Taking time for prayer

Published 10:22 pm Thursday, May 7, 2009

Several hundred people gathered together in prayer at the National Guard Armory on Thursday, one of thousands of locations nationwide where people of faith joined their hearts and lifted their voices to God.

But does prayer still matter?

Ask Sam Childers.

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As a teenager in Pennsylvania, he turned away from his upbringing, entered a world of drugs and alcohol, eventually joining the Hell’s Angels motorcycle gang and moving to Florida to deal drugs.

After marrying, he and his wife moved back to Pennsylvania and got involved in a local church. He told those attending the prayer breakfast on Thursday that one day God told him to go to Africa.

It was on the Dark Continent that Childers found his calling in life. What he saw in East Africa of the treatment of children — many of whom are orphaned and then horribly tortured and mutilated by members of The Lords Resistance Army — tore at his soul.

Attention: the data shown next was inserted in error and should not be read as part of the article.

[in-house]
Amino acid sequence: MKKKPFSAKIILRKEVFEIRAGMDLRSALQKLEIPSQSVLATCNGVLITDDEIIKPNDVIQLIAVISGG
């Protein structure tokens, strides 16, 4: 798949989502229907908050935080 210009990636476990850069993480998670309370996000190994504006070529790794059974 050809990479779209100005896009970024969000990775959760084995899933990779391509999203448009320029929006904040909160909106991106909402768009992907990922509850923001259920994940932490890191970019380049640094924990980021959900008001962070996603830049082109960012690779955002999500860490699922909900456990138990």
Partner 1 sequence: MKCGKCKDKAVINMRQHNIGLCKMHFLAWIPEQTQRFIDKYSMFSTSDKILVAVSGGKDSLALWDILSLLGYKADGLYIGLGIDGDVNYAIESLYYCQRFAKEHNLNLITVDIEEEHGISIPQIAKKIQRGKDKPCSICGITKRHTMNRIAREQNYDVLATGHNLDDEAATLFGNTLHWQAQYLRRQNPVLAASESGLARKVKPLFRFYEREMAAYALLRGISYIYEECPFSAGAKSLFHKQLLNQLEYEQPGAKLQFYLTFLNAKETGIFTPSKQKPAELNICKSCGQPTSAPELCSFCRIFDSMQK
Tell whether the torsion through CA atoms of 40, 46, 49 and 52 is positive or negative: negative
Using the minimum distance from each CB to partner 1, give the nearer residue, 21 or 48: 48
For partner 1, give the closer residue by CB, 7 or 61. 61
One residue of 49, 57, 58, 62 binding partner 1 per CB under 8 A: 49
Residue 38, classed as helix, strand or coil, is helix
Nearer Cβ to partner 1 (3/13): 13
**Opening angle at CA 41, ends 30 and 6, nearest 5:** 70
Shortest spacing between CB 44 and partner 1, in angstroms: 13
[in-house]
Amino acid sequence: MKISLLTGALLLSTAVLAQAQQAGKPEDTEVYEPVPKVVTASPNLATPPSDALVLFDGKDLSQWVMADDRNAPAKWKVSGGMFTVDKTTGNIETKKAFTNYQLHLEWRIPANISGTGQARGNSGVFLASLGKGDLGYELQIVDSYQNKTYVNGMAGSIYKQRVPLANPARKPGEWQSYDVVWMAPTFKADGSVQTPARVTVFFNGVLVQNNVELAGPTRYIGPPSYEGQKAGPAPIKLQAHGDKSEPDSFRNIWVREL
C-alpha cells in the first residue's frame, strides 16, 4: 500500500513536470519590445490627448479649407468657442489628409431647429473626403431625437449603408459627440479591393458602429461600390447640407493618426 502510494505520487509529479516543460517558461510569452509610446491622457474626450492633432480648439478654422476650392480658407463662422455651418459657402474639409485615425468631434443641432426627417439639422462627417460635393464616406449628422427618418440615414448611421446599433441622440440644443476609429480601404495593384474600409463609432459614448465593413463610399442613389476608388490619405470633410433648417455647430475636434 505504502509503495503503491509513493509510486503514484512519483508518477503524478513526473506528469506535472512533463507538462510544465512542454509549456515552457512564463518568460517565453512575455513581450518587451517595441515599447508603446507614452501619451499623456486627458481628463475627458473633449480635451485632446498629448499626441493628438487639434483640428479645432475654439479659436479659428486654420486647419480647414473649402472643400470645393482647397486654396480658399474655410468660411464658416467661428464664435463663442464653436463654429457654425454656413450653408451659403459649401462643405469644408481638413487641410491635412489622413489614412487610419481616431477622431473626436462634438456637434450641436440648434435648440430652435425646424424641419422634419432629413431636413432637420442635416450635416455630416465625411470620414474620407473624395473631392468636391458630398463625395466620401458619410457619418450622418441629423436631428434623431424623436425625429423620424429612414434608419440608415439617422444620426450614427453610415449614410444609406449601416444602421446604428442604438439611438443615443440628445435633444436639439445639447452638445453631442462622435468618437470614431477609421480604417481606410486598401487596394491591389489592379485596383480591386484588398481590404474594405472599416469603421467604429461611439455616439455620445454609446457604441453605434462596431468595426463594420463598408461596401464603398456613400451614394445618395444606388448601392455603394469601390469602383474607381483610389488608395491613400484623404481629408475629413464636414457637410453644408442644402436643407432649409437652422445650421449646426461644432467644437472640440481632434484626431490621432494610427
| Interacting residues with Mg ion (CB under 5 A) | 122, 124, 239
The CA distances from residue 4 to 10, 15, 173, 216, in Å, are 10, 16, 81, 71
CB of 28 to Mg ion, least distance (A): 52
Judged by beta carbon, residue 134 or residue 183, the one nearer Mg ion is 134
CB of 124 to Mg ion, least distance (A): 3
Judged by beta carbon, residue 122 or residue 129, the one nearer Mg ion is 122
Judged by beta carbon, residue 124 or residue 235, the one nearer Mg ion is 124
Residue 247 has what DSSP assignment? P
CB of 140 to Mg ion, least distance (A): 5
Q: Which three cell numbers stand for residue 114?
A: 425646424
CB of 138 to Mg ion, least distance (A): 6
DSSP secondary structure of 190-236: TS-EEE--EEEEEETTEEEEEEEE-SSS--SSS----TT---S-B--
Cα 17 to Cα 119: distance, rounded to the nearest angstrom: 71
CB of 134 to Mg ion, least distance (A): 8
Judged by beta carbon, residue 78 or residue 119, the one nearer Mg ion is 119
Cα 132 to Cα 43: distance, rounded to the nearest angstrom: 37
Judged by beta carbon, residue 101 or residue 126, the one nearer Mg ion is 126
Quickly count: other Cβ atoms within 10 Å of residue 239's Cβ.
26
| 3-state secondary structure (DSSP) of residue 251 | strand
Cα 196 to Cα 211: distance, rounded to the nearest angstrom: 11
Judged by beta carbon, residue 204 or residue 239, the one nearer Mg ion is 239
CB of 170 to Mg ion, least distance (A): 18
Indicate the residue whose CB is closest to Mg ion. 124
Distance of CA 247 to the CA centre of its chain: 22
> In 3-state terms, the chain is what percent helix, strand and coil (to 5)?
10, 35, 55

Today, Childers runs an orphanage, the Watoto Children’s Village, right in the midst of the region in Sudan that is ruled by the LRA and its warlord, Joseph Kony. Hundreds of children’s lives have been saved by the intervention of Childers and his team, the Angels of East Africa.

Prayer made a very real difference in Childers’ life and, by glorious extension, the lives of those children.

On Thursday, those who attended the Suffolk Leadership Prayer Breakfast were blessed with a performance from some of those children, the African Children’s Choir.

The smiles on the faces of those children as they sang and danced in praise to Jesus Christ were a clear indication of the power of prayer.

Thursday was the 58th annual observance of the National Day of Prayer, a movement that traces its roots back to 1775, when the Continental Congress “designated a time for prayer in forming a new nation.”

Despite the contrary secular claims of many in America, this nation was, indeed, built on a Christian foundation. And that foundation was held together with prayer.

In the midst of all of our nation’s problems, Americans would do well to honor that history today. A day of prayer is a good place to start.